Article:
The author underscores the imperative of omnipresence in today's digital age. He propounds a compelling argument for harnessing contemporary technologies to cast a wide net, ensuring your message resonates with the right audience at the right time.
The key to sales longevity? Ongoing contact.
Even if a prospect doesn't have a current need, keep them in the loop. He thus underscores the essence of nurturing relationships with prospects, irrespective of their current needs. Offer a free newsletter packed with valuable information. Not only does it keep your name at the forefront of their minds, but it also sets you apart from the competition. You can maintain a warm connection, keeping your name etched in the minds of prospects. Over time, your list will grow. Make sure to mention this newsletter in all your marketing materials, business cards, and, of course, your website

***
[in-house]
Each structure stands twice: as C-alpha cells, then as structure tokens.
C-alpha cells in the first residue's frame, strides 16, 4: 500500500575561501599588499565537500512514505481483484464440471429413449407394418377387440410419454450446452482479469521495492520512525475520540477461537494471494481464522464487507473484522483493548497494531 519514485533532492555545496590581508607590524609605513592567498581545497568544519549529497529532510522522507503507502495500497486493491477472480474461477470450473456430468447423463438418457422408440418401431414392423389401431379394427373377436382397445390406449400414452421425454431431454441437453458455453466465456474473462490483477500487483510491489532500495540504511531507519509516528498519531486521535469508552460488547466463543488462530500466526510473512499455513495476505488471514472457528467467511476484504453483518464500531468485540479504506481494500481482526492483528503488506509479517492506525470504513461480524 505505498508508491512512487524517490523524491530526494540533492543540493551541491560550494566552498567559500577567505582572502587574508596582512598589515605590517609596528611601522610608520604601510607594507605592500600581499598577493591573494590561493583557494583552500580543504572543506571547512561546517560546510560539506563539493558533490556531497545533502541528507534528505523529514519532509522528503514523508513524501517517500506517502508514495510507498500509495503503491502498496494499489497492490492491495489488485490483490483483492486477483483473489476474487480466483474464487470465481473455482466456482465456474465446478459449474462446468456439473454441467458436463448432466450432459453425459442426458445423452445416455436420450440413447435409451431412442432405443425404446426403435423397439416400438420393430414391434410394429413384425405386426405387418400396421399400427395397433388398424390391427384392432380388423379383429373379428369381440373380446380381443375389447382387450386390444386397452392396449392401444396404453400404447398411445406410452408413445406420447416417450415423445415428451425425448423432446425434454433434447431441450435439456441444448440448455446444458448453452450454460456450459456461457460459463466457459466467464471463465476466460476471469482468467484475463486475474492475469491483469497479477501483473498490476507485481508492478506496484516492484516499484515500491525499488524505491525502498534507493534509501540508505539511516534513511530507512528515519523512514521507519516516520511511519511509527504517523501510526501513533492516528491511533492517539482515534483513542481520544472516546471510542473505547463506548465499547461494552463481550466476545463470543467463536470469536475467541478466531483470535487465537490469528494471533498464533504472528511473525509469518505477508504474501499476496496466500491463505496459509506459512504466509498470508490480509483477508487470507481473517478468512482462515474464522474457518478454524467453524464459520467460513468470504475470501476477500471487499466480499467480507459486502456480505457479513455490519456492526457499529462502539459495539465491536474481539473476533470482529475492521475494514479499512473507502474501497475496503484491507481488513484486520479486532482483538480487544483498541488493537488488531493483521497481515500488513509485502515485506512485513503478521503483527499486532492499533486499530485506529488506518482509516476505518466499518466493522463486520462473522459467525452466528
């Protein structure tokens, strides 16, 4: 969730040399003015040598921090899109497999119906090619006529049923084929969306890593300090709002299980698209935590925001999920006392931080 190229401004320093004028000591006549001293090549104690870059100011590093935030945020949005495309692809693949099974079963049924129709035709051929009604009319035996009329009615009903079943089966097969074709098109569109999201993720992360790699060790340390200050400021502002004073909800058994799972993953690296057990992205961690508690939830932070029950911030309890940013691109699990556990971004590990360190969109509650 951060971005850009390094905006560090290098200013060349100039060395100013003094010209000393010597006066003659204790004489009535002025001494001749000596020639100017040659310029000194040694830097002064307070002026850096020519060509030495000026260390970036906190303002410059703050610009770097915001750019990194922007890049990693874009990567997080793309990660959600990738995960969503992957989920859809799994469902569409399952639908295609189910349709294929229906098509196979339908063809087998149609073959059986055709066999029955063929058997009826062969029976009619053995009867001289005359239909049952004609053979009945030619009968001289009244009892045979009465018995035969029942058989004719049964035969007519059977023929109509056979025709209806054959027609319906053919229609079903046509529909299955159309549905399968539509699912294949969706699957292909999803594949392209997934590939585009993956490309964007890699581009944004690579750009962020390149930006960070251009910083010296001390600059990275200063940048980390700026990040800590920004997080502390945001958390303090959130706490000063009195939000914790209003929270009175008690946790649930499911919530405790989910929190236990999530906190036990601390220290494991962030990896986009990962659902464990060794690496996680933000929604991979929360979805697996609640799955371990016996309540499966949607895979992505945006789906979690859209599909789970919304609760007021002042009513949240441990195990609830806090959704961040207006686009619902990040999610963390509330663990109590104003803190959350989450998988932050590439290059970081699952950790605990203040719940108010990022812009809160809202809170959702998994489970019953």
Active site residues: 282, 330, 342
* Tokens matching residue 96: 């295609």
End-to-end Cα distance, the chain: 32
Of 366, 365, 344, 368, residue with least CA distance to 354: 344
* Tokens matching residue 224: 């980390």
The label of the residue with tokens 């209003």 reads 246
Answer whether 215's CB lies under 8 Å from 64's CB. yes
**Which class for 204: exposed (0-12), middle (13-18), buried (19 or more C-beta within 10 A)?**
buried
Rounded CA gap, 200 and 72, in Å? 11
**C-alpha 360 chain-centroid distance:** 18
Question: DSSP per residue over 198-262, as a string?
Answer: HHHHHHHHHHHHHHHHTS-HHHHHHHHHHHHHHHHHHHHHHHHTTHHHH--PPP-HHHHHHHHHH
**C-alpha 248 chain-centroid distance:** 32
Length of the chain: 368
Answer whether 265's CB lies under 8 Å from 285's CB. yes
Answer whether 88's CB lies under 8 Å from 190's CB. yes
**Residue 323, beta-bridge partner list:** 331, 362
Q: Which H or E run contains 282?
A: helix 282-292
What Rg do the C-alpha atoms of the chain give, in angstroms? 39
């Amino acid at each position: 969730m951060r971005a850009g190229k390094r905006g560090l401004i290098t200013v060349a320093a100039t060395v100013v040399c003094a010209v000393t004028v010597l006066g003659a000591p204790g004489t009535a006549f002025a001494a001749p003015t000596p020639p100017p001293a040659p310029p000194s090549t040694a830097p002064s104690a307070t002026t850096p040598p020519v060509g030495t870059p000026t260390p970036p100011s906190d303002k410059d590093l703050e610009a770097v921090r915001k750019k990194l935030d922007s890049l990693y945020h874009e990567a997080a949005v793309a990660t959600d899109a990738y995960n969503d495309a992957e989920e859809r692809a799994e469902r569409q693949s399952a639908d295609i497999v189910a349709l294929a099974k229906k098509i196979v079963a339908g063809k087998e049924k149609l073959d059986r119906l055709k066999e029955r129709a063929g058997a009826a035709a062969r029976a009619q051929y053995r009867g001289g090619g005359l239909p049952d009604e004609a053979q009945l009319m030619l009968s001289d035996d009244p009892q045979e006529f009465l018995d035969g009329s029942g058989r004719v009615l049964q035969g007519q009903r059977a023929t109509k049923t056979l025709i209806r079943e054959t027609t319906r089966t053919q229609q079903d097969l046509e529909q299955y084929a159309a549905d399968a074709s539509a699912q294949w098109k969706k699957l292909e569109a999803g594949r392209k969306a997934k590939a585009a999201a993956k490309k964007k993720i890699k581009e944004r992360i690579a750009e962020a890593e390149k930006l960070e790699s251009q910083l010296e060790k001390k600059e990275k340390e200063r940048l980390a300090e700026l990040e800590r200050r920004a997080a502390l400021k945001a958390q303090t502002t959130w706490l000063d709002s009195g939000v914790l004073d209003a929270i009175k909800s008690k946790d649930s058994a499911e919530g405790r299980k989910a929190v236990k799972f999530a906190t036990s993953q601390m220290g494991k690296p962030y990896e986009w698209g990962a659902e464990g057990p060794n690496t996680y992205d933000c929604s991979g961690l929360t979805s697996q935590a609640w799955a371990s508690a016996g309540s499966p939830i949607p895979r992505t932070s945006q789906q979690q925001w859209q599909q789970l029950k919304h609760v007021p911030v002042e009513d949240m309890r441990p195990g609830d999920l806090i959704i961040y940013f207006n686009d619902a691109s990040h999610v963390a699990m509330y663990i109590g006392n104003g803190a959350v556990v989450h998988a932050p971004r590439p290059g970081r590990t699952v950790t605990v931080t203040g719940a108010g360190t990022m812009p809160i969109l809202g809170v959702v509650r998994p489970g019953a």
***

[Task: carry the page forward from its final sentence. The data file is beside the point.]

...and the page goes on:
Ever thought of hosting free seminars?
Start with a simple flyer inviting prospects to a complimentary luncheon. Choose a venue near a business park, ensuring easy access for attendees. As these seminars gain traction, you can scale up. In today's digital age, why not consider webinars or Google Hangouts? And when promoting, avoid generic statements like "lunch will be provided at no cost." Instead, entice them with "Indulge in the sumptuous creations of X Restaurant, on us!" Remember, it's all about the experience. And when it comes to the seminar itself, be prepared, engage your audience, and always end on a high note, ensuring they know they can reach out anytime.
He draws a clear demarcation between prospecting and selling, a distinction that serves as a linchpin for optimizing the sales process.